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Moral injury and the recalibration of priorities

  • 18 September 2015

French satirical magazine Charlie Hebdo has stirred controversy over cartoons depicting Aylan Kurdi. Theirs are not the only such illustrations that have drawn offence over the past couple weeks.

On the surface, this speaks to the contest that usually attends icons — who owns them, what the bounds of propriety are, and whether they can be used for other purposes.

But it also makes for uncomfortable reflection on the scales of offence and sensitivity. Which is truly deplorable: the image of a drowned child as political (actually pro-refugee) provocation or the fatal inertia around the Syrian civil war and the rise of Daesh that has indubitably contributed to the humanitarian crisis?

More than 8000 children had perished in the Syrian civil war by April 2014, little Aylans and Gilips and Sabeens and Amiras.

The 12,000 additional places for Australian permanent resettlement on offer for refugees from Syria and Iraq is little more than one percent of the anticipated Mediterranean crossings for this year and the next. It does not account for those who will remain in camps in Turkey, Jordan, Lebanon and in our own detention centres, nor those fleeing conflicts in Central African Republic, Eritrea and South Sudan.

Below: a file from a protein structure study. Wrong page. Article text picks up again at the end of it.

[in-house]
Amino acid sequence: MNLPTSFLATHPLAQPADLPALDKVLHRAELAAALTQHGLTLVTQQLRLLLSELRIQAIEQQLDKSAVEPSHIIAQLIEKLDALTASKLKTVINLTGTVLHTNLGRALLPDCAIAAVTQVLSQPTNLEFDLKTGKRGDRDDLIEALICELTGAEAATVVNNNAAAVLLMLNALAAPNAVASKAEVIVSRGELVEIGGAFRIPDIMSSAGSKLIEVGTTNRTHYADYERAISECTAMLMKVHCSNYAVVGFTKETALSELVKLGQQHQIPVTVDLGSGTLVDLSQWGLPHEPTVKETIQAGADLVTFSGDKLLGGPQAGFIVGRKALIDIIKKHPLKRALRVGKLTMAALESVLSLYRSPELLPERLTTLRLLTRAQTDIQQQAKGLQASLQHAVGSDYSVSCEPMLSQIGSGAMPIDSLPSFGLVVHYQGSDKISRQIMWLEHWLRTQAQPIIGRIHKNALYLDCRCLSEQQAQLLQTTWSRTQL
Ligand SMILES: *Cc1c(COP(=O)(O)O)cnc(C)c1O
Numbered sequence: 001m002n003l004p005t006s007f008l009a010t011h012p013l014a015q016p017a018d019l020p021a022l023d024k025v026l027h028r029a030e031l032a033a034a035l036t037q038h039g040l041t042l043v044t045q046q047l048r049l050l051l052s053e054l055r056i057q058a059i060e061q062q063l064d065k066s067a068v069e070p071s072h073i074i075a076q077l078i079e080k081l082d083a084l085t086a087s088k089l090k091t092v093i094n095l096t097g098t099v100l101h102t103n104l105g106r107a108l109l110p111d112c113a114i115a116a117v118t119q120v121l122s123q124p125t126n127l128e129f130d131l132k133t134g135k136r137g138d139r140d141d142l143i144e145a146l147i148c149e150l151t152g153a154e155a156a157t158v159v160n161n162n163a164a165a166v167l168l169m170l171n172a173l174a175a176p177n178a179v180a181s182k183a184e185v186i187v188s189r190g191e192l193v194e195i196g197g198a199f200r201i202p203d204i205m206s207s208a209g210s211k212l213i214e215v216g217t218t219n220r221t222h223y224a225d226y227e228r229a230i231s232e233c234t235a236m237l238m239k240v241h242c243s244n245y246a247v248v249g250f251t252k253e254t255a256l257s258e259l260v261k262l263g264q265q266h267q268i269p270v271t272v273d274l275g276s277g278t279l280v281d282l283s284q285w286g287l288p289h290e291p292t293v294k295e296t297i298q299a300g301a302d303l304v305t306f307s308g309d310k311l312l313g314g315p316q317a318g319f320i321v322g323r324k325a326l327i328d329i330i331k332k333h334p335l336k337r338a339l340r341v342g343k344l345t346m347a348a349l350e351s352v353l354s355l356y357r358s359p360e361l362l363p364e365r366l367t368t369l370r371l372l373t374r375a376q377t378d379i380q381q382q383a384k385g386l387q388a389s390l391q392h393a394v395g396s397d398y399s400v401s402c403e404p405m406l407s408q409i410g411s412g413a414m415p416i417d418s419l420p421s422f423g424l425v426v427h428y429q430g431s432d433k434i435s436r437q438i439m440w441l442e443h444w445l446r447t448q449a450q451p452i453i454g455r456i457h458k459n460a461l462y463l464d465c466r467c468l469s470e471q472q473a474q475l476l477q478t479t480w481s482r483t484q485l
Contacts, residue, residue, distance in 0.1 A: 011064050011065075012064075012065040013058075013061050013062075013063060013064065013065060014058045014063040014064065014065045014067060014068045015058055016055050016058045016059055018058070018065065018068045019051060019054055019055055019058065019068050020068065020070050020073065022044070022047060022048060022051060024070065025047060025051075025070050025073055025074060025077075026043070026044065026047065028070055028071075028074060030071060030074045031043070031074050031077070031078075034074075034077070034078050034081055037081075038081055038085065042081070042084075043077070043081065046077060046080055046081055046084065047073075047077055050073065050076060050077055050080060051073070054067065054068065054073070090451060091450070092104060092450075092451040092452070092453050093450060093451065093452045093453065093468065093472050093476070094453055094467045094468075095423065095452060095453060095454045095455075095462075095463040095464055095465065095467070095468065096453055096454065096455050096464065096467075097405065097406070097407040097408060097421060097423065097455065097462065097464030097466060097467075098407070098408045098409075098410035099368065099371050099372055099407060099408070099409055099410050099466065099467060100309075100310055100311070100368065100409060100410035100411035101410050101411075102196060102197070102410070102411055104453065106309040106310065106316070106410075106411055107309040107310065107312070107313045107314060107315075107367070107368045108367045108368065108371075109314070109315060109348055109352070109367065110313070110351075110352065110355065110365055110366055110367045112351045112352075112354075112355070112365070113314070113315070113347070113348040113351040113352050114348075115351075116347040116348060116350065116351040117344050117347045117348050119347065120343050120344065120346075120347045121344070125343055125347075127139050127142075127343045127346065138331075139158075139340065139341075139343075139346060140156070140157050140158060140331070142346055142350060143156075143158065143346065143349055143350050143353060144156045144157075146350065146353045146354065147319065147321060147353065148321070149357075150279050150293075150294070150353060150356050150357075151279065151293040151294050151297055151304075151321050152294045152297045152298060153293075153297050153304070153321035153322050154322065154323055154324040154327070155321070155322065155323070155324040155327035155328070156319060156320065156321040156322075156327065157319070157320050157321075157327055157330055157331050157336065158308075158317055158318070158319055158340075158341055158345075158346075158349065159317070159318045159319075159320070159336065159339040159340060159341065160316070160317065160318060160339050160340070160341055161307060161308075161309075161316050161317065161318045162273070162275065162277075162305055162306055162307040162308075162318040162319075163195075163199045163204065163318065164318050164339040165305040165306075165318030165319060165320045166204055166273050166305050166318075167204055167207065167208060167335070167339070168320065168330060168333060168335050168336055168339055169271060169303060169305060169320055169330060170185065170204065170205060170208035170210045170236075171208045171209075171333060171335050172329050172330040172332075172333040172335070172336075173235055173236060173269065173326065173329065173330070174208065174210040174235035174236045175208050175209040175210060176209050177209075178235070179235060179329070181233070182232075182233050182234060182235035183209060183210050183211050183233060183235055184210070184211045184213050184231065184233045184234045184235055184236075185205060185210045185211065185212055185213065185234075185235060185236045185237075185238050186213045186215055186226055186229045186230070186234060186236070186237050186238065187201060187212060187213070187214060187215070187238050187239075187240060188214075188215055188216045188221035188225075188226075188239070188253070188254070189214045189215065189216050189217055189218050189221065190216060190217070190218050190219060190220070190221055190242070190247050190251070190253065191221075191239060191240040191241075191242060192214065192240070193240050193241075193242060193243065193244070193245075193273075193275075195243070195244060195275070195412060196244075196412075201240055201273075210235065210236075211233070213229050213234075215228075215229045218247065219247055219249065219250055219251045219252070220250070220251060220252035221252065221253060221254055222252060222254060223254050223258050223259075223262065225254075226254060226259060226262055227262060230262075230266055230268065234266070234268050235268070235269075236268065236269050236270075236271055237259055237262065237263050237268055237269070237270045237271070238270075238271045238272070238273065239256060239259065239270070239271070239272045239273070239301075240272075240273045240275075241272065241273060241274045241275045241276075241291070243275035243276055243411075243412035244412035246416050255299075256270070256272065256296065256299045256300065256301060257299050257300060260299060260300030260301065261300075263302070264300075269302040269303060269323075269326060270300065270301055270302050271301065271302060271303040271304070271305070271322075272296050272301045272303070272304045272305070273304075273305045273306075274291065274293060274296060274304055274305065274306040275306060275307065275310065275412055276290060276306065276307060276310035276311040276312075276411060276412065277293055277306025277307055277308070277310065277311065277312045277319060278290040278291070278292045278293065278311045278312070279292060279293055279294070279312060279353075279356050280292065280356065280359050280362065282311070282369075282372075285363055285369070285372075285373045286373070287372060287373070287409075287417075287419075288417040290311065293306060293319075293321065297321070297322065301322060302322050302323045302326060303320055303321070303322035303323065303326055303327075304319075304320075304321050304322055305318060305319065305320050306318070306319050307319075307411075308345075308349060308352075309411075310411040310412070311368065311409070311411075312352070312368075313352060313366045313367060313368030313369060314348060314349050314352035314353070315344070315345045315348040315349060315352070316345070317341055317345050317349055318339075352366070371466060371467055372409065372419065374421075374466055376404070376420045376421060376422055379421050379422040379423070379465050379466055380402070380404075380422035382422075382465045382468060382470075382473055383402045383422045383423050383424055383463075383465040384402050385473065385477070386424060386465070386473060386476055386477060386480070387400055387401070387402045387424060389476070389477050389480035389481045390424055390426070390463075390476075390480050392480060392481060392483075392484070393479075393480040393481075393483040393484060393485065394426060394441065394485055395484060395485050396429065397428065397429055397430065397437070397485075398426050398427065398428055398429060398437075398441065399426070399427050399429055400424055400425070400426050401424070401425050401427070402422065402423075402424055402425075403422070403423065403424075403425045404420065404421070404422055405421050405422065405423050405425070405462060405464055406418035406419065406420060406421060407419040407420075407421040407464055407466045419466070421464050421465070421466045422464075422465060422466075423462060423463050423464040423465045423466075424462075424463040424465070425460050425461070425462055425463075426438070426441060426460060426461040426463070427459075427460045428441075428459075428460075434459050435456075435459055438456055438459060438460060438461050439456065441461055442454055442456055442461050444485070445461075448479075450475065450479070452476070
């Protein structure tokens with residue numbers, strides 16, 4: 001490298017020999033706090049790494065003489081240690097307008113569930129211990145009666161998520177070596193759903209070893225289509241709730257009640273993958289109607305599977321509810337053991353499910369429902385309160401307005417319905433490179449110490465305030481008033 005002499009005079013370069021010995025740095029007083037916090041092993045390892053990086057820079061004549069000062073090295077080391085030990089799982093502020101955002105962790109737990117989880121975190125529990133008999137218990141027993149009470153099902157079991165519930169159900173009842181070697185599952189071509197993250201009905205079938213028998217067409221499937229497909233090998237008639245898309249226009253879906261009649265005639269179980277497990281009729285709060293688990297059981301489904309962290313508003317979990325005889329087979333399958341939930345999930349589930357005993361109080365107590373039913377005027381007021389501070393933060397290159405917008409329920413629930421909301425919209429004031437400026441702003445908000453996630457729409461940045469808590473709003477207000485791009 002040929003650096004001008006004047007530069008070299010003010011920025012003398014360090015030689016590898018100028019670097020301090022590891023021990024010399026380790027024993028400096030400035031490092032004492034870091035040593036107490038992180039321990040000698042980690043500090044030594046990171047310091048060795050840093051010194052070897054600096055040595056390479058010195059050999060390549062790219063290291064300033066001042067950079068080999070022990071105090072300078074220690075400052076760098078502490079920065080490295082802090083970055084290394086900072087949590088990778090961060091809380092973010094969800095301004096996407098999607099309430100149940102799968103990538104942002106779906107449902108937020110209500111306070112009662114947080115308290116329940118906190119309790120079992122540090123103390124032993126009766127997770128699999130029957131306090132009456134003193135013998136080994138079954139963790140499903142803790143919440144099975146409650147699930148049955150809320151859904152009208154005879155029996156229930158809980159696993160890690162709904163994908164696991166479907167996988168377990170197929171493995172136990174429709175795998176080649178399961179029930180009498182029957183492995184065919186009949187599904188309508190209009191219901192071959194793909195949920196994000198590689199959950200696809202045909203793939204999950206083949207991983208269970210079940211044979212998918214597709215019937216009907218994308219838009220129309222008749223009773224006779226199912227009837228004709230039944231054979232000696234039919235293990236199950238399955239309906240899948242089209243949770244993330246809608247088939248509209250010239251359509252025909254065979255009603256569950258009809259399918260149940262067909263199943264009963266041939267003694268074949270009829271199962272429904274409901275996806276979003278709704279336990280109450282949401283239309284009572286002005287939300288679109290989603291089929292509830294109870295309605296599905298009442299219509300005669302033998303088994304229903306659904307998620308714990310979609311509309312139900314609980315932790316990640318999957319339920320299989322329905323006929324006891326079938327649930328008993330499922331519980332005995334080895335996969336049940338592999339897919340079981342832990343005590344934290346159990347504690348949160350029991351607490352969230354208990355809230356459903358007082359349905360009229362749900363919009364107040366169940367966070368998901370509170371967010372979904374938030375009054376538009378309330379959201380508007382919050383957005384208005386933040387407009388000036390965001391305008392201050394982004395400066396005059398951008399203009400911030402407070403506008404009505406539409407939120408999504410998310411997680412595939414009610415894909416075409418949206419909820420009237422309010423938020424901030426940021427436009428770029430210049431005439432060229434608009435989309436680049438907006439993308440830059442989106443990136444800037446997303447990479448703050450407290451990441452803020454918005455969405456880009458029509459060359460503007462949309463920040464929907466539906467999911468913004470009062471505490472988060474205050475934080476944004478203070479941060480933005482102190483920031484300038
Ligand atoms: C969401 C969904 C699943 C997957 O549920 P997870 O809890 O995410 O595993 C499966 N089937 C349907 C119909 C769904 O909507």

The hard truth is that body of a three-year old refugee cannot be a holy relic, as if it were untouchable and profound. It is unadulterated sacrilege, a profanity that we should be spitting at our leaders. This is what Charlie Hebdo has done.

Of course it also worth pondering how much of our grief and outrage over such deaths is performative. Must fury, despair and grief only be appropriate when personal consequence or loss is involved? What is the point of being miserable over things we cannot control?

I was wrestling with these questions when I came across the concept of moral injury. Clinical psychiatrist Jonathan Shay coined the term to refer to those aspects of combat trauma that are not addressed by post-traumatic stress disorder.

PTSD is usually associated with triggers — when particular situations, words and sensory stimuli provoke distress, fear or paralysis. These are instinctive reactions to perceived threat, which are honed on the frontline but are incompatible with other environments.

Though moral injury can coincide with PTSD, it arises from different factors: witnessing, learning about, failing to prevent, or perpetrating acts that transgress deeply embedded moral values. It constitutes a betrayal of personal beliefs, inducing feelings of guilt and shame, as well as loss of